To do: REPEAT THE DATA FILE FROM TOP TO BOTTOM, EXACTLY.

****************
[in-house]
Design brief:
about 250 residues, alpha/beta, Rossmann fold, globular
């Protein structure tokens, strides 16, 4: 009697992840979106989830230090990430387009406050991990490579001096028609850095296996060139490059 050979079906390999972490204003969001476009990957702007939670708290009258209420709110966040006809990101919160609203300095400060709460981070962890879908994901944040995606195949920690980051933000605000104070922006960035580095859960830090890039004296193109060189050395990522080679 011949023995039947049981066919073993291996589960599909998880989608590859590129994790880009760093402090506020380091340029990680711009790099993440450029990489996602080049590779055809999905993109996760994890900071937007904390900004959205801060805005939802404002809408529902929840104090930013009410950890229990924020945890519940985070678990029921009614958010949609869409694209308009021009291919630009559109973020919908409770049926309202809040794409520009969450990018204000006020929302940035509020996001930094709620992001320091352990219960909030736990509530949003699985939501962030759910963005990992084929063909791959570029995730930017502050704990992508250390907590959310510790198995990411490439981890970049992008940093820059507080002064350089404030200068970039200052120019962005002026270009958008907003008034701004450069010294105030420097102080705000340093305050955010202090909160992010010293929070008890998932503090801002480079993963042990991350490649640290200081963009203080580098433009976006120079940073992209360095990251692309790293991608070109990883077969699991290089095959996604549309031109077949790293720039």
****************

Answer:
[in-house]
Design brief:
about 250 residues, alpha/beta, Rossmann fold, globular
């Protein structure tokens, strides 16, 4: 009697992840979106989830230090990430387009406050991990490579001096028609850095296996060139490059 050979079906390999972490204003969001476009990957702007939670708290009258209420709110966040006809990101919160609203300095400060709460981070962890879908994901944040995606195949920690980051933000605000104070922006960035580095859960830090890039004296193109060189050395990522080679 011949023995039947049981066919073993291996589960599909998880989608590859590129994790880009760093402090506020380091340029990680711009790099993440450029990489996602080049590779055809999905993109996760994890900071937007904390900004959205801060805005939802404002809408529902929840104090930013009410950890229990924020945890519940985070678990029921009614958010949609869409694209308009021009291919630009559109973020919908409770049926309202809040794409520009969450990018204000006020929302940035509020996001930094709620992001320091352990219960909030736990509530949003699985939501962030759910963005990992084929063909791959570029995730930017502050704990992508250390907590959310510790198995990411490439981890970049992008940093820059507080002064350089404030200068970039200052120019962005002026270009958008907003008034701004450069010294105030420097102080705000340093305050955010202090909160992010010293929070008890998932503090801002480079993963042990991350490649640290200081963009203080580098433009976006120079940073992209360095990251692309790293991608070109990883077969699991290089095959996604549309031109077949790293720039």